By Jennifer Cossey
Last year, Laurie Lewis of Hip Chicks Do Wine, one of Portland’s first wine producers, came up with an idea: Get organized. She wanted to assemble Oregon’s growing number of urban wine producers in an effort to gain marketing momentum.
After more than 12 years of crafting wine in the Rose City, Lewis and business partner Renee Neely were thrilled to see so many makers making the move to Portland. Recognizing that there’s strength in numbers, she reached out to a number of those wineries, and PDX Urban Wineries (PDXUW) was born.
PDXUW’s mission is simple: promote the craft of winemaking in Portland’s urban environment as well as its eight member wineries — Alchemy Wine Productions, ENSO Winery, Grochau Cellars, Helioterra Wines, Hip Chicks Do Wine, Jan-Marc Wine Cellars, Seven Bridges Winery and Vincent Wine Company — while providing a forum for members to share best practices.
For Lewis, acting president of the association, it’s all about the wine lover’s experience.
“I see PDX Urban Wineries as the gateway to Oregon wine,” Lewis said. “We allow wine consumers to access locally made wines easily by car, bike, bus and taxi. We are an excellent representation of the diversity of Oregon wineries in both winemaking style and varieties — among all of our members, we produce wine from more than 14 different grape varietals. Urban winemaking allows us to make our wines closer to where we all live. It also allows us to bring a unique experience to the wine consumer.”
In celebration of its first year, PDXUW hosted a wine tasting event, June 9, with member wineries sampling 20-plus wines — from Rosé, Pinot Gris and Viognier to Pinot Noir, Mourvedre and Cabernet Sauvignon — for trade and consumers. New releases and limited-quantity offerings were poured alongside cheeses from Portland Creamery and confections from Roll Chocolates.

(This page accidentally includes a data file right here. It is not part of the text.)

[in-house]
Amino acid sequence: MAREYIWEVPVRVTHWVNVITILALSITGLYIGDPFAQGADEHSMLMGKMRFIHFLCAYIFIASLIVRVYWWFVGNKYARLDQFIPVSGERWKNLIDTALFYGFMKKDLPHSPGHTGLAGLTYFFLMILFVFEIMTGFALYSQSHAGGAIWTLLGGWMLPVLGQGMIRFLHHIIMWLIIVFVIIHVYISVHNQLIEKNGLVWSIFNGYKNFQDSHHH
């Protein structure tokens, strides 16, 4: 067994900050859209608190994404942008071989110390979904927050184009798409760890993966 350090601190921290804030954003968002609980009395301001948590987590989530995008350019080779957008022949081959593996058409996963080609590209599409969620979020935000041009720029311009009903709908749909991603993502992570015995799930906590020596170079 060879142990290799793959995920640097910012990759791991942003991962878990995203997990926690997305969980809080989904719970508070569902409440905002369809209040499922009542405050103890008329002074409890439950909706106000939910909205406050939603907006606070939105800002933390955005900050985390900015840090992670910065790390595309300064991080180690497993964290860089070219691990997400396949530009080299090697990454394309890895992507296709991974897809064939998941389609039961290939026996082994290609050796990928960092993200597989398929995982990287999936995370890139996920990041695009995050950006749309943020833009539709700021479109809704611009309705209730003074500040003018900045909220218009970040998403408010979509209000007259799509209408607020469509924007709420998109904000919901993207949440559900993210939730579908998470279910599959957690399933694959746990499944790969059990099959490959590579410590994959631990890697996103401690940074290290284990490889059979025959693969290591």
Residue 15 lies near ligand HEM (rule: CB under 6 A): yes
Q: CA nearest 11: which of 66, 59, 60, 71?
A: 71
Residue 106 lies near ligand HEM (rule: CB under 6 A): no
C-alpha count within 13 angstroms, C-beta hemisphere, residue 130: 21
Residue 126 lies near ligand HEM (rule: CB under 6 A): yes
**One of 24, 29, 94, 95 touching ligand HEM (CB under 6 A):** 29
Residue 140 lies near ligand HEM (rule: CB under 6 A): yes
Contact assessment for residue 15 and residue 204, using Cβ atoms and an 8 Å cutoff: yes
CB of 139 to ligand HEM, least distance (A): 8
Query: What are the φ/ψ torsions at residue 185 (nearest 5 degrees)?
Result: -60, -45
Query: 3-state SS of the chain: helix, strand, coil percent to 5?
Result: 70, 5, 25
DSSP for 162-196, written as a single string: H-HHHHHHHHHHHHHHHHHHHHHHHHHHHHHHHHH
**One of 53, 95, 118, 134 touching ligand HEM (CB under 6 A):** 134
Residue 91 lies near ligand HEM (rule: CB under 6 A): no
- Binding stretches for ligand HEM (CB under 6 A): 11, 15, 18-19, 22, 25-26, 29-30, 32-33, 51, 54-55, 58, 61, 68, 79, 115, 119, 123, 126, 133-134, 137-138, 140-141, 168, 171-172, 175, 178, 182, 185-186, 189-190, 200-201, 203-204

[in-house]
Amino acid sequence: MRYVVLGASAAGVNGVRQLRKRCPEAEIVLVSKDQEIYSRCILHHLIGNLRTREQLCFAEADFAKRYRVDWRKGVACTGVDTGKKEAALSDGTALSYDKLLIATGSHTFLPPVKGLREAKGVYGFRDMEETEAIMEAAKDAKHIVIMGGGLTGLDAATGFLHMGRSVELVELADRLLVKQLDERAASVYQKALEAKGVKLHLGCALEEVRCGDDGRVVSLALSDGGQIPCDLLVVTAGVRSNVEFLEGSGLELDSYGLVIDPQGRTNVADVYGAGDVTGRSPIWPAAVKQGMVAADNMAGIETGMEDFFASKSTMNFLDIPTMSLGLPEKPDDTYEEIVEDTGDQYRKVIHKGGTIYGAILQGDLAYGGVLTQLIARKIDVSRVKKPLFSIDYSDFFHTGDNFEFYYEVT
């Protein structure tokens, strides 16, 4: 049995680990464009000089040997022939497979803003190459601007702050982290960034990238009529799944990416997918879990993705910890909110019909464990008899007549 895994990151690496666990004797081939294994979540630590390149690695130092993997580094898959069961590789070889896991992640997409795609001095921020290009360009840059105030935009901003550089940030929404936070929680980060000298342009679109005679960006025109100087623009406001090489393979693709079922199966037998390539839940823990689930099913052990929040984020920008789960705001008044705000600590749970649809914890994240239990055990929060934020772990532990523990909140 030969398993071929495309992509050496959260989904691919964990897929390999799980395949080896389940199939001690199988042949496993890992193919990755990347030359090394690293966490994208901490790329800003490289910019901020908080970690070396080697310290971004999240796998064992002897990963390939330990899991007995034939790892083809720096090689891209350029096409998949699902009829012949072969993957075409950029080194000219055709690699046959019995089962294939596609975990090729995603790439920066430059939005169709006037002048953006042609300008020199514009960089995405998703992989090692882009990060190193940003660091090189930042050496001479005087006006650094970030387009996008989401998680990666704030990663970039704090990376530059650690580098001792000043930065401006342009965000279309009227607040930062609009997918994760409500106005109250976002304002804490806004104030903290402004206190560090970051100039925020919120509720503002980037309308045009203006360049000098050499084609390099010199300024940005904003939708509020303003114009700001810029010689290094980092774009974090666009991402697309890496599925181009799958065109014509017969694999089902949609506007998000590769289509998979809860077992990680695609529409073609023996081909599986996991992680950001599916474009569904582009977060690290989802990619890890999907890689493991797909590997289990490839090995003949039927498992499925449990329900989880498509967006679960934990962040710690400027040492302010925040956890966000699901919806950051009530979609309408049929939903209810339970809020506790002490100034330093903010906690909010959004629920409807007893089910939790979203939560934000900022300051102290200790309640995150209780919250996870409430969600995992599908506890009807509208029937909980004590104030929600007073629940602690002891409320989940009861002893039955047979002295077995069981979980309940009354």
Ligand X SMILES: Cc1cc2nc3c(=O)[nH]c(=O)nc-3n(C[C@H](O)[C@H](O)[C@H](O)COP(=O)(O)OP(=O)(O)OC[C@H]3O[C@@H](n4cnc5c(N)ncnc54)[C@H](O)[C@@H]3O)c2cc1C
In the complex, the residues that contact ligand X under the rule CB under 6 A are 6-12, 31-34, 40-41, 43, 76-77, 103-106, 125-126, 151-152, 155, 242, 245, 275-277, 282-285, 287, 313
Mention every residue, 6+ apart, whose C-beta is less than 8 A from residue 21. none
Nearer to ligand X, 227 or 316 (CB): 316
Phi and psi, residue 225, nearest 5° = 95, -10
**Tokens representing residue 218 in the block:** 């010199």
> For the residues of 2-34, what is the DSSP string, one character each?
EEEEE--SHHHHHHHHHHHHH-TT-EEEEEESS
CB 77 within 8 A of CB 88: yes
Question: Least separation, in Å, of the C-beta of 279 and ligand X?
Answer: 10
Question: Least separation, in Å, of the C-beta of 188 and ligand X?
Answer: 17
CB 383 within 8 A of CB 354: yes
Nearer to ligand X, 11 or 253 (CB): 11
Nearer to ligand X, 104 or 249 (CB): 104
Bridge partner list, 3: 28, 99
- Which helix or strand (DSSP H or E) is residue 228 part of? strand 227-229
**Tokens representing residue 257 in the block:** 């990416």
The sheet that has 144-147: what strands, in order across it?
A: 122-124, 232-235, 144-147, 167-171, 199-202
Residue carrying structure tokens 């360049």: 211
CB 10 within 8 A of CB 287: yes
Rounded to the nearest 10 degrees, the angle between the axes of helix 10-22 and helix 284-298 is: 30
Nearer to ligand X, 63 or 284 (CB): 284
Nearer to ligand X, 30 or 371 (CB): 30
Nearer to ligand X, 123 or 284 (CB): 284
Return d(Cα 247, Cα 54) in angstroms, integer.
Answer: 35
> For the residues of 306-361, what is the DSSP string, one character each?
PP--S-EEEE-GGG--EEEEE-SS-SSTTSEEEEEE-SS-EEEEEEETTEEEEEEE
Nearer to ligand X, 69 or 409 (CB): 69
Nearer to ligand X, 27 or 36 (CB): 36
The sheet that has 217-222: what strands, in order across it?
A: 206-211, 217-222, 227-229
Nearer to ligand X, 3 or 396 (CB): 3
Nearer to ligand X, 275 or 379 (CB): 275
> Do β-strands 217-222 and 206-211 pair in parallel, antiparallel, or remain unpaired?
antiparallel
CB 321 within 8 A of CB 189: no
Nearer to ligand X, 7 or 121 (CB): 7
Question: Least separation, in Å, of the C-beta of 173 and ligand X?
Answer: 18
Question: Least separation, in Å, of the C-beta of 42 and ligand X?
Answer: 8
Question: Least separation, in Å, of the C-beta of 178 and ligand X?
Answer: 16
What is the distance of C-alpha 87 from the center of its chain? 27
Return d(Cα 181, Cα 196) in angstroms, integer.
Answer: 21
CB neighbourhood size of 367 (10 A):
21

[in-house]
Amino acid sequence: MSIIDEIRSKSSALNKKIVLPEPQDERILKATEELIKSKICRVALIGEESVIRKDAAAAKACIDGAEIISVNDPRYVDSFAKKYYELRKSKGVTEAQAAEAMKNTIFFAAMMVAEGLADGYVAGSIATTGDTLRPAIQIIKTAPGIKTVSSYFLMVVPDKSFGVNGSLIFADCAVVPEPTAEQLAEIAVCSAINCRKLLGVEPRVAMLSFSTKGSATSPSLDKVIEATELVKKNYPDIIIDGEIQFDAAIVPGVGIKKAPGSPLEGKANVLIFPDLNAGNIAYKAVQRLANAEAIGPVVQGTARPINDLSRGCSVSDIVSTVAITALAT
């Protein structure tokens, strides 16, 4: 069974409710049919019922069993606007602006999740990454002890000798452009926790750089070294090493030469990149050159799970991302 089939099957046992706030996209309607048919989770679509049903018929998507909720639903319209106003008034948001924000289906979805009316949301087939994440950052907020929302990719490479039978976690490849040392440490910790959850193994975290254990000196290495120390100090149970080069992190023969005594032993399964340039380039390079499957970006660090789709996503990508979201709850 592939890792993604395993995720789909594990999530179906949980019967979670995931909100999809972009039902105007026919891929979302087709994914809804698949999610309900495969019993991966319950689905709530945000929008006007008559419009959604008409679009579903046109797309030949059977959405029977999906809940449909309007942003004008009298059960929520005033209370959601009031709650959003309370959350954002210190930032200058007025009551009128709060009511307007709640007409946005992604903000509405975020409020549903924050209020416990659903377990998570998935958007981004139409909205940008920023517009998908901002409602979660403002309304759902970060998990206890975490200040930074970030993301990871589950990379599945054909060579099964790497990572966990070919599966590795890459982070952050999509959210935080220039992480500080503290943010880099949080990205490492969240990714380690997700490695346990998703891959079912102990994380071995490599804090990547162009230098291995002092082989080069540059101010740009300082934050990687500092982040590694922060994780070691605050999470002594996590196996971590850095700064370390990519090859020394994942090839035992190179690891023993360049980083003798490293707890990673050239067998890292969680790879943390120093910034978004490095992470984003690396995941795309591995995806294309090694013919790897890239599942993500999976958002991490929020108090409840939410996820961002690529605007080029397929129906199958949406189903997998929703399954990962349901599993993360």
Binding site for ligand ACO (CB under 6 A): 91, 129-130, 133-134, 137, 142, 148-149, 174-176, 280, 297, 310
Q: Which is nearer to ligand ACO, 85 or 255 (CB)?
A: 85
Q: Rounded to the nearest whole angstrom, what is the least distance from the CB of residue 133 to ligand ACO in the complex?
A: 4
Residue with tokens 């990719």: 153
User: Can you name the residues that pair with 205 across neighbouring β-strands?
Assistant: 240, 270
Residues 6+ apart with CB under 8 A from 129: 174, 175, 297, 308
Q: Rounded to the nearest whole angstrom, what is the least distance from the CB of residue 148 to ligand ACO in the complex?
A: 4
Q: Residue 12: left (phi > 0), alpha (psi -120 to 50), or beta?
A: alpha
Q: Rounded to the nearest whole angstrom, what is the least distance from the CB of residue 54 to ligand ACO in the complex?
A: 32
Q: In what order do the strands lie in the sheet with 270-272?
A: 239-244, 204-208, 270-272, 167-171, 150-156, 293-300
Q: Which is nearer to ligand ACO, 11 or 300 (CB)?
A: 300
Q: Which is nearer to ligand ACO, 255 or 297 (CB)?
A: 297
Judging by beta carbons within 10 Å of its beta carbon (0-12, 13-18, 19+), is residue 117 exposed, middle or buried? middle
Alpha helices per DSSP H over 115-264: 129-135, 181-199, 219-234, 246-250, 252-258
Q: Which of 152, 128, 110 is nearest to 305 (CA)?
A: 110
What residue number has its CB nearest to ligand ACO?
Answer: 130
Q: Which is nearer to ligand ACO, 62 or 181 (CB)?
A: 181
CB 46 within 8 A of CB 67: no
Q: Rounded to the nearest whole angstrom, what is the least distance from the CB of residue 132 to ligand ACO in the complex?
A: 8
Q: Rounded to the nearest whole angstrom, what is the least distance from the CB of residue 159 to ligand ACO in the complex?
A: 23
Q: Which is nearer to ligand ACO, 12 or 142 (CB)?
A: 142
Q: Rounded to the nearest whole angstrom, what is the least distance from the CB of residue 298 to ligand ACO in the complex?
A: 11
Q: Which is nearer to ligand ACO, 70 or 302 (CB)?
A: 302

Nic Donahue, owner of and winemaker for one of PDXUW’s newest members, Alchemy Wine Productions, was on hand at the June tasting event sharing his Oregon Viognier, Oregon Pinot Noir and Santa Barbara Syrah. Donahue and his wife, Gracey, moved from Santa Barbara to Oregon to follow their love of winemaking.
“We conceived Alchemy in 2004 and have worked blood, sweat and tears for our dream,” Donahue said.
In 2007, while working as assistant winemaker for Carr Winery, a Pinot Noir-focused urban winery, he was bitten by the Pinot bug. Knowing Oregon’s “spectrum of growing regions,” the Donahues moved to Portland to share their passion for making great wines in an urban setting.
“We loved Oregon and knew that its outdoor elements, more affordable living and progressive community could give us a better quality of life for building our family and business,” Donahue said. “We made Portland the epicenter for our project because we share interests in a self-sufficient artisan community and believe that urban wineries can play an integral part.”
Also present and pouring its Washington Merlot, reserve Malbec and “Resolution,” a delicious blend of Cabernet Sauvignon and Merlot was one of the founding members of the PDXUW, Seven Bridges.
The brainchild of Jill Ross, her winemaker husband, Kevin, and co-owner/co-winemaker Bob Switzer, Seven Bridges is, without a doubt, a proud city outfit.
“When the three of us decided to turn what had been a hobby in our garage into a commercial winery, we considered making wine in the Newberg or Yamhill area, but since we all lived on Portland, the commute seemed unreasonable,” Ross said. “We decided to focus on what we liked about making wine in our garage: the closeness to our families and jobs during harvest.”
Entering its fifth commercial vintage, Seven Bridges has experienced positive effects from joining PDXUW.
“The winemakers all work as a resource to help each other, whether it is sharing equipment, advice or a beer at the end of a long day. It is a great to be a part of [this association],” Ross said.
Portland’s wine industry is not only gaining attention, but also winning the praise of critics, too. For Lewis, Ross, Donahue — and the other members of PDXUW — the growth of the urban wine scene is a positive sign for the future. “I think that the urban wine movement is just going to continue to grow and at an exponential rate,” Lewis said.